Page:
How much of our traffic is people just passing through?
Due to West Hollywood’s location, we get a lot of pass-through drivers. This fact may discourage traffic-relief efforts, if we suspect that pass-through traffic will overwhelm anything we can do and quickly fill up any new capacity. This fact may also make trips generated by proposed new real estate developments seem insignificant relative to current and future pass-through traffic. So the quantity of pass-through traffic is important because it can influence the City’s decisionmaking.
One available estimate
As part of the work on the General Plan, a consultant developed a statistical model of the city’s traffic. That model suggests that only 25% of West Hollywood traffic is pass-through traffic. 25% is an average across all hours and days. It would probably be much higher during the weekday rush hours, but balanced out by the people coming here to shop, eat, and play on weekends and at other weekday times.
Most people who hear that number think it’s way too low, but, to the best of my knowledge, it’s the only available estimate.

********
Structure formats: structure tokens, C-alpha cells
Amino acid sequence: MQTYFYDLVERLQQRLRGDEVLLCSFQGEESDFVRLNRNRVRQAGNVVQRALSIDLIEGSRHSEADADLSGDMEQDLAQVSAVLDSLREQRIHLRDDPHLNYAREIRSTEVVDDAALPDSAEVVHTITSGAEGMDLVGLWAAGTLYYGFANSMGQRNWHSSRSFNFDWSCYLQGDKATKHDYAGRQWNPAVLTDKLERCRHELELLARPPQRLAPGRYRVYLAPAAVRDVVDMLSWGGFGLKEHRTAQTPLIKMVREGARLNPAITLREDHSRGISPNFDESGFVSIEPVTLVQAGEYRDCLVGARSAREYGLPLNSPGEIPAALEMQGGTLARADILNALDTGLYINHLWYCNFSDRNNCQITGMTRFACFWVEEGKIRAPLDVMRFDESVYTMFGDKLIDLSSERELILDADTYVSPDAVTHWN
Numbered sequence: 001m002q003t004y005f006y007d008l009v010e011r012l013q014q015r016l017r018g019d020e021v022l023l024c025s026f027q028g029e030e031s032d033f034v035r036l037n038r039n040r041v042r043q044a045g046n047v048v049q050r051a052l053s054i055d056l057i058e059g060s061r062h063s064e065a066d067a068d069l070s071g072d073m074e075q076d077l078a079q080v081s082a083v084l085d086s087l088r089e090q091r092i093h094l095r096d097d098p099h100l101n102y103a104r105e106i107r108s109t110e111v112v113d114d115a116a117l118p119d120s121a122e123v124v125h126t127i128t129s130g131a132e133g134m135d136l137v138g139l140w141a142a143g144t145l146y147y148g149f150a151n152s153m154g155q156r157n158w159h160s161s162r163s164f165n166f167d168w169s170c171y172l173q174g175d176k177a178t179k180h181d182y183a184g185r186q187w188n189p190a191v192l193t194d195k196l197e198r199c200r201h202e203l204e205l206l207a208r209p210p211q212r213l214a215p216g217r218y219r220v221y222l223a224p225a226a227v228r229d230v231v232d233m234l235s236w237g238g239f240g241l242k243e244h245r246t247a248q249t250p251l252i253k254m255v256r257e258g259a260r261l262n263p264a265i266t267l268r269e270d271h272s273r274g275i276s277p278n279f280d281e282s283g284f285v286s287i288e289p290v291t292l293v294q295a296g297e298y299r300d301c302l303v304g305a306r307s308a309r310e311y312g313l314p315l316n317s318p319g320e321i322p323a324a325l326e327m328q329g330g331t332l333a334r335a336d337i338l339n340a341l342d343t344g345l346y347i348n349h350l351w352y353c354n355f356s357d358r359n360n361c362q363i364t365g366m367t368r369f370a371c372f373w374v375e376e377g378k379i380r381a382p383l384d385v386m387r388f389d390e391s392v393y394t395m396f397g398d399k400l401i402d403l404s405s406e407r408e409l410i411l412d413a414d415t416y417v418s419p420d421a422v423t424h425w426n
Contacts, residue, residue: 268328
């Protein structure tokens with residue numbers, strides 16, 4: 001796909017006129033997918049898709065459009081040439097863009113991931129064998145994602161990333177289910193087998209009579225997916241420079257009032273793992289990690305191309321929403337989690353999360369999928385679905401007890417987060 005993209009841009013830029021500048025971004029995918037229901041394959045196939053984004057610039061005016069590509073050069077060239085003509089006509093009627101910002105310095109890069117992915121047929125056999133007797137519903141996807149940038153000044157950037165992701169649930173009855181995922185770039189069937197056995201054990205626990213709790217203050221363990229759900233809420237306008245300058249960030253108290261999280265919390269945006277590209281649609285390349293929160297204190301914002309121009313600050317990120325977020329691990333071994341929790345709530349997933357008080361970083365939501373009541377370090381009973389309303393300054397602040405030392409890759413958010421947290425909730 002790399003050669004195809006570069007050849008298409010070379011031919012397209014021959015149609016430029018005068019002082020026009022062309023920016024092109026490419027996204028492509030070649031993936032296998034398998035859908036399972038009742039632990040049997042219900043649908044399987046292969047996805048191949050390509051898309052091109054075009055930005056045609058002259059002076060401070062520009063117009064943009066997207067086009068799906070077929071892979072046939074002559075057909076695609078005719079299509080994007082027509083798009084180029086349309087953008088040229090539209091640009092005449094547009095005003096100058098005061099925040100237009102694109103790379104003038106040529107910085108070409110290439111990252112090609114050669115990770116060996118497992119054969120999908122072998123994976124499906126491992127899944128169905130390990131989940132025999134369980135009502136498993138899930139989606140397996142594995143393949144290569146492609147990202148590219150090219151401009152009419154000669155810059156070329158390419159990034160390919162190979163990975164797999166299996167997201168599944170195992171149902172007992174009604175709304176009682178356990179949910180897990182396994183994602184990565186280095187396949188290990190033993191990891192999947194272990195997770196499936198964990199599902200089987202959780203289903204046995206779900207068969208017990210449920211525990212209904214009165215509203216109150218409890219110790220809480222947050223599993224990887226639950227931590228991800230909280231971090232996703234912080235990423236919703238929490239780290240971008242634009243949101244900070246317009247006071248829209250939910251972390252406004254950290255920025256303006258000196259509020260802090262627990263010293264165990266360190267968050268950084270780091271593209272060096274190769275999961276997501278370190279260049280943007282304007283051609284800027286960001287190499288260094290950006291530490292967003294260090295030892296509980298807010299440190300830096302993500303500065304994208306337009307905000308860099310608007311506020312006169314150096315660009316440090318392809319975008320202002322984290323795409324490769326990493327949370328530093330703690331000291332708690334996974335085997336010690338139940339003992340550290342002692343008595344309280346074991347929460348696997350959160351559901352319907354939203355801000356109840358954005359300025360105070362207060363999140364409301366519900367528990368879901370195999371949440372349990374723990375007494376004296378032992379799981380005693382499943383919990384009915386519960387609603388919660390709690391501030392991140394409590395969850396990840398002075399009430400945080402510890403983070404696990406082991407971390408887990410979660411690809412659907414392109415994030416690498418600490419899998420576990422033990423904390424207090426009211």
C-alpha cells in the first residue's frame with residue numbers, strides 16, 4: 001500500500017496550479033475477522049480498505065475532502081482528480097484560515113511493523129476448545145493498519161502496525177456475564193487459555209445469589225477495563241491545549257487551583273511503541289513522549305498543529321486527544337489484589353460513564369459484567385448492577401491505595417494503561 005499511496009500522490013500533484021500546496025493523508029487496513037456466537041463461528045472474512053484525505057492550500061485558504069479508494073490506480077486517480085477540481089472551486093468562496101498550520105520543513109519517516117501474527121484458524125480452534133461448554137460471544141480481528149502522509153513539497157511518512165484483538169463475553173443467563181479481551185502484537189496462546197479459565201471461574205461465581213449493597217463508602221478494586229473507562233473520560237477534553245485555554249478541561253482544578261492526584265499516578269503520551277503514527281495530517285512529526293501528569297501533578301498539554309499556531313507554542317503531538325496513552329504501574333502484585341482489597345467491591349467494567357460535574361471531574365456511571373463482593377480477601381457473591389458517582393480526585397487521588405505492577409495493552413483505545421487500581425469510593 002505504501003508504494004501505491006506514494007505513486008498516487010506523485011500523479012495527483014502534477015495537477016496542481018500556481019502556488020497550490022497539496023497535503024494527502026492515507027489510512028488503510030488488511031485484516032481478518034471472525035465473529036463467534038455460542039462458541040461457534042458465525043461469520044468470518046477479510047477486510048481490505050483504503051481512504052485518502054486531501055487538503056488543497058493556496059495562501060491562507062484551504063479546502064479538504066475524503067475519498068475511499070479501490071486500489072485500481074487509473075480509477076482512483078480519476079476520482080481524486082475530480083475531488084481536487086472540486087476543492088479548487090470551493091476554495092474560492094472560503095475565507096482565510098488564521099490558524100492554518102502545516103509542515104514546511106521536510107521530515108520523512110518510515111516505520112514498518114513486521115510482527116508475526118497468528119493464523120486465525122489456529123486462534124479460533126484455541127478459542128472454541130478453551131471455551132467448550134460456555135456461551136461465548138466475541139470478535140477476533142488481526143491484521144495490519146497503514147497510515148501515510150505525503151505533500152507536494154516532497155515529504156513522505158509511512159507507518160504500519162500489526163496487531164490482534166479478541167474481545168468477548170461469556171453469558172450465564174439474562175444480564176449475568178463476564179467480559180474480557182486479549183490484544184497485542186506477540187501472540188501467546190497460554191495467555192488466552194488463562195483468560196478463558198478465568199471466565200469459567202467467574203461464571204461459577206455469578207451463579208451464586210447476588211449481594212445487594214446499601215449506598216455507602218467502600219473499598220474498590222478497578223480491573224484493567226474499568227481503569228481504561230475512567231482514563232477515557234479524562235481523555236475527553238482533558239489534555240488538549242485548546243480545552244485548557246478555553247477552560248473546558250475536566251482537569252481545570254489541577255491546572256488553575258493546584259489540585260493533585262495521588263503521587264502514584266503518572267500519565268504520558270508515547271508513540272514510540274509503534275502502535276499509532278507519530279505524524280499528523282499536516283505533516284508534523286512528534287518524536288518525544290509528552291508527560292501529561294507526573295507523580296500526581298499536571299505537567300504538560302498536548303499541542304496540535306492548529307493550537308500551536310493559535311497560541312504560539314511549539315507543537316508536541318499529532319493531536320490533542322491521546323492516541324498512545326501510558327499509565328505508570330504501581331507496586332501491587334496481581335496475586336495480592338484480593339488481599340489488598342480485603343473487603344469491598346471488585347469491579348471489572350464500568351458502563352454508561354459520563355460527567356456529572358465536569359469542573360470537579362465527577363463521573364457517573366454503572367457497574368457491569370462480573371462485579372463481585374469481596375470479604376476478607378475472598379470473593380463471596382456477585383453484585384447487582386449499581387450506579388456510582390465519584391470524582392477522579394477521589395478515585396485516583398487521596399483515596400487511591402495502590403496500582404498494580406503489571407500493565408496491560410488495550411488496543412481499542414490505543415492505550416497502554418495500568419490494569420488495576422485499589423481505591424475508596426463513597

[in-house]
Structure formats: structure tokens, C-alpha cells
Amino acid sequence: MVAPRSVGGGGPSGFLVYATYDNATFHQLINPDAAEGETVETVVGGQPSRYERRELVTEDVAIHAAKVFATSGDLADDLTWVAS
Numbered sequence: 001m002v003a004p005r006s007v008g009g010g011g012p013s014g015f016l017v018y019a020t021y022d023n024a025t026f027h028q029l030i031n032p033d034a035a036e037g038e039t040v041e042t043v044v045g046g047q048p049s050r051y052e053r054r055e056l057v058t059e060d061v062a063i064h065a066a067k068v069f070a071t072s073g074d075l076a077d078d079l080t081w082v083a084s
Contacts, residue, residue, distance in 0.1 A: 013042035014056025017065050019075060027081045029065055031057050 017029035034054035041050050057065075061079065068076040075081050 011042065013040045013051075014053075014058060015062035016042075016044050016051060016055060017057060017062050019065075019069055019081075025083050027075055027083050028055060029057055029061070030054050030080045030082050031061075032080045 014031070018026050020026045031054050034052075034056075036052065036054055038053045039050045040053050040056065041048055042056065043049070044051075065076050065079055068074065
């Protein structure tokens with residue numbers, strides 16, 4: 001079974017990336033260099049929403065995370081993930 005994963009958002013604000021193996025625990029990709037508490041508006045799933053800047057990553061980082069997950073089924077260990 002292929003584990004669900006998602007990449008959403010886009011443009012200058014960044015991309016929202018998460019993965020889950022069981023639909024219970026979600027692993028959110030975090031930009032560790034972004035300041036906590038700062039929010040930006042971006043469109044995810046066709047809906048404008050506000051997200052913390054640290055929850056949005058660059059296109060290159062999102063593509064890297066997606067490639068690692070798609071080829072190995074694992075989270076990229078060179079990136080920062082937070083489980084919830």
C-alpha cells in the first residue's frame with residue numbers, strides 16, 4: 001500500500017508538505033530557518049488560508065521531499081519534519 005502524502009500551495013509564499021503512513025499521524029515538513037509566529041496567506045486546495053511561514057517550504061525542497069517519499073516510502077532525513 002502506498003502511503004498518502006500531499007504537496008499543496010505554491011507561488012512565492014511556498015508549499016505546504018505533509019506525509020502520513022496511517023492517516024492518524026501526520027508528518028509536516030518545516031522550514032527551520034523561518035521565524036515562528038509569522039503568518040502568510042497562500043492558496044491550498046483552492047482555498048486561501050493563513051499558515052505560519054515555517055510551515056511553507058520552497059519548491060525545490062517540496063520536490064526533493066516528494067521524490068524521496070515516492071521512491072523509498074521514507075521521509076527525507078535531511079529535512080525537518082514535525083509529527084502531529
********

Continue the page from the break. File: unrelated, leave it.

Why it may not matter after all
Even if pass-through traffic is actually a much larger share of our traffic, there are three possible reasons why it might not discourage traffic-relief efforts:
- Even if the estimate is off by a factor of two (50% instead of 25%), that still gives us influence over half of our traffic. We could think of it as a “tax” on our efforts, but if we get to keep 50% of the benefits it’s still worth the labor.
- The way traffic congestion works, each additional driver causes more delay than the driver before them. A relatively small change at the margin in traffic volume or capacity can have a surprisingly big impact. So we don’t have to be able to influence 100% of the traffic to have an impact.
- There are times of day and days of the week when pass-through traffic is lower and our street network is not maxed out. It might be easier to see the impact of traffic-relief efforts at those times.